At the twentieth floor Denise used her own key to let them in; there was no sign of the manservant O’Donnell had seen earlier.
   As if by consent they moved to the terrace. Denise asked, “Kent, would you like a drink?”
   “Perhaps later,” he said, and reached out toward her. She came to him easily and their lips met. It was a lingering kiss. His arms tightened around her and he felt her body respond to his own. Then gently she disengaged herself.
   Half turned away, she said, “There are so many things to think of.” Her voice was troubled.
   “Are there?” The tone of voice was disbelieving.
   “There’s a great deal you don’t know about me,” Denise said. “For one thing, I’m terribly possessive. Did you know that?”
   He answered, “It doesn’t sound very terrible.”
   “If we were married,” she said, “I’d have to have all of you, not just a part. I couldn’t help myself. And I couldn’t share you—not even with a hospital.”
   He laughed. “I imagine we could work out a compromise. Other people do.”
   She turned back toward him. “When you say it like that I almost believe you.” Denise paused. “Will you come back to New York again—soon?”
   “How soon?”
   He answered, “Whenever you call me.”
   As if by instinct, she moved toward him and they kissed again, this time with growing passion. Then there was a sound behind them and a shaft of light from a door opening to the living room. Denise pushed herself gently away and a moment later a small figure in pajamas came onto the terrace. A voice said, “I thought I heard someone talking.”
   “I imagined you were sleeping,” Denise said. “This is Dr. O’Donnell.” Then to O’Donnell, “This is my daughter Philippa.” She added affectionately, “One half of my impossible twins.”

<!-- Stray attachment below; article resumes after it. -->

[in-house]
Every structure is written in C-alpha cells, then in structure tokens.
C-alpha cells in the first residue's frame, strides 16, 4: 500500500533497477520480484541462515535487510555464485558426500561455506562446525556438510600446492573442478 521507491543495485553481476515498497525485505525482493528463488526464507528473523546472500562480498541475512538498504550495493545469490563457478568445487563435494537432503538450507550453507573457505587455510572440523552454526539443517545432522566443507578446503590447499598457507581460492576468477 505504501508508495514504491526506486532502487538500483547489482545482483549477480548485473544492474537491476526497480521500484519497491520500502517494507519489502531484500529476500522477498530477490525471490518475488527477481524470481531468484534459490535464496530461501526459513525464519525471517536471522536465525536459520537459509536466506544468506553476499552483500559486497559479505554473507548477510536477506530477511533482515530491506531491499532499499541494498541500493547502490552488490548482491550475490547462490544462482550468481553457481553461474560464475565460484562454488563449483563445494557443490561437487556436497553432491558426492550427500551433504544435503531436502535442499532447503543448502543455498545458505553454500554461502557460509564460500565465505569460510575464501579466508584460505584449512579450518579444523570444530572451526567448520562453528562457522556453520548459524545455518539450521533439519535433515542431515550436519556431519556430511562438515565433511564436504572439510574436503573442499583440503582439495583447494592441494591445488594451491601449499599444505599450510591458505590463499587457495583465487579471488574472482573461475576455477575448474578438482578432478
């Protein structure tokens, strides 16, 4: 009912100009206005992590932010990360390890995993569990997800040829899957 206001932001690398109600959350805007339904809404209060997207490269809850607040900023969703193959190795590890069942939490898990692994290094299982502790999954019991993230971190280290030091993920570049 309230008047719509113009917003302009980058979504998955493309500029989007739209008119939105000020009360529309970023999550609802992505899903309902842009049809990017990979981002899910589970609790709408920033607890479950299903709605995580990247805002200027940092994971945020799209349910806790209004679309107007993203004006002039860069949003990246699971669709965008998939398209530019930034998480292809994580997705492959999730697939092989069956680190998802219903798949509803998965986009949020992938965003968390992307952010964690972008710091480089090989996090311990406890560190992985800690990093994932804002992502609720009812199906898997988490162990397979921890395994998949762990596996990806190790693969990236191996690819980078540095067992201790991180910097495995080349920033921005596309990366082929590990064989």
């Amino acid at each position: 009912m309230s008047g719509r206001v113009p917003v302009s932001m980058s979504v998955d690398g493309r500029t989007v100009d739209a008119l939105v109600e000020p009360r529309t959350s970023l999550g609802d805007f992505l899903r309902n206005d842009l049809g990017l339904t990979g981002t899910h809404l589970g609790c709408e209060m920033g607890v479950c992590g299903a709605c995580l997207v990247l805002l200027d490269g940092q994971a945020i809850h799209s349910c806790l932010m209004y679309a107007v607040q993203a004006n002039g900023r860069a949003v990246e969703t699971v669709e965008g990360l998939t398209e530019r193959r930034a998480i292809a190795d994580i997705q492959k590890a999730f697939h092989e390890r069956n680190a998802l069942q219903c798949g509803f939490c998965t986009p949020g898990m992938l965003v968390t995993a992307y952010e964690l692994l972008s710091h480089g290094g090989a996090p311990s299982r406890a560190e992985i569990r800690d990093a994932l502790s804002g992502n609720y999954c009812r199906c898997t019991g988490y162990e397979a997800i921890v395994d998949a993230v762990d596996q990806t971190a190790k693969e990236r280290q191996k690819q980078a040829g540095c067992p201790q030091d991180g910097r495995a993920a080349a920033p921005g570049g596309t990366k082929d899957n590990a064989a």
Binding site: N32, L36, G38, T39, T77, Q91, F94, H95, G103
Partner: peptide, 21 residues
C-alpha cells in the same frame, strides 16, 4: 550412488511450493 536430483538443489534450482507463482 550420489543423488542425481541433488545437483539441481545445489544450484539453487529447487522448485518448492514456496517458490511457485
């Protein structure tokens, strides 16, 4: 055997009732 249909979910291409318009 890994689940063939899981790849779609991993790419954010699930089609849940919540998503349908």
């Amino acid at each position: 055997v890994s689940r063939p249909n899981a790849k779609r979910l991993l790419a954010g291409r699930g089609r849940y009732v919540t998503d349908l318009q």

The girl looked at O’Donnell with frank curiosity. “Hullo,” she said, “I’ve heard about you.”
   O’Donnell remembered Denise telling him that both her children were seventeen. The girl seemed small for her age, her body only just beginning to fill out. But she moved with a grace and posture uncannily similar to her mother.
   “Hullo, Philippa,” he said. “I’m sorry if we disturbed you.”
   “I couldn’t sleep, so I was reading.” The girl glanced down at a book in her hand. “It’s Herrick. Did you ever read it?”
   “I don’t think so,” O’Donnell said. “As a matter of fact, there wasn’t much time for poetry in medical school and I’ve never really got around to it since.”
   Philippa picked up the book and opened it. “There’s something here for you, Mother.” She read attractively with a feeling for words and balance and with a touch of lightness.
   “That age is best, which is the first,
   When youth and blood are warmer;
   But being spent, the worse, and worst
   Time, still succeed the former.
   Then be not coy, but use your time;
   And while ye may, go marry:
   For having lost but once your prime,
   You may for ever tarry.”
   “I get the point,” Denise said. She turned to O’Donnell. “I may tell you, Kent, that my children are perennially pressing me to remarry.”
   “We simply think it’s the best thing for you,” Philippa interjected. She put down the book.
   “They do it under the guise of practicality,” Denise went on. “Actually they’re both revoltingly sentimental.” She turned to Philippa. “How would you feel if I married Dr. O’Donnell?”
   “Has he asked you?” Philippa’s interest was prompt. Without waiting for an answer she exclaimed, “You’re going to, of course.”
   “It will depend, dear,” Denise said. “There is, of course, the trifling matter of a divorce to be arranged.”
   “Oh, that! Daddy was always so unreasonable about you doing it. Besides, why do you have to wait?” She faced O’Donnell. “Why don’t you just live together? Then you’d have the evidence already arranged and Mother wouldn’t have to go away to one of those awful places like Reno.”
   “There are moments,” Denise said, “when I have grave doubts about the value of progressive education. That, I think, will be all.” She stepped lightly to Philippa. “Good night, dear.”
   “Oh, Mother!” the girl said. “Sometimes you’re so antediluvian.”
   “Good night, dear.” Denise repeated it firmly.
   Philippa turned to O’Donnell. “I guess I have to go.”
   He said, “It’s been a pleasure, Philippa.”
   The girl came to him. She said artlessly, “If you’re going to be my stepfather, I suppose it’s all right to kiss you.”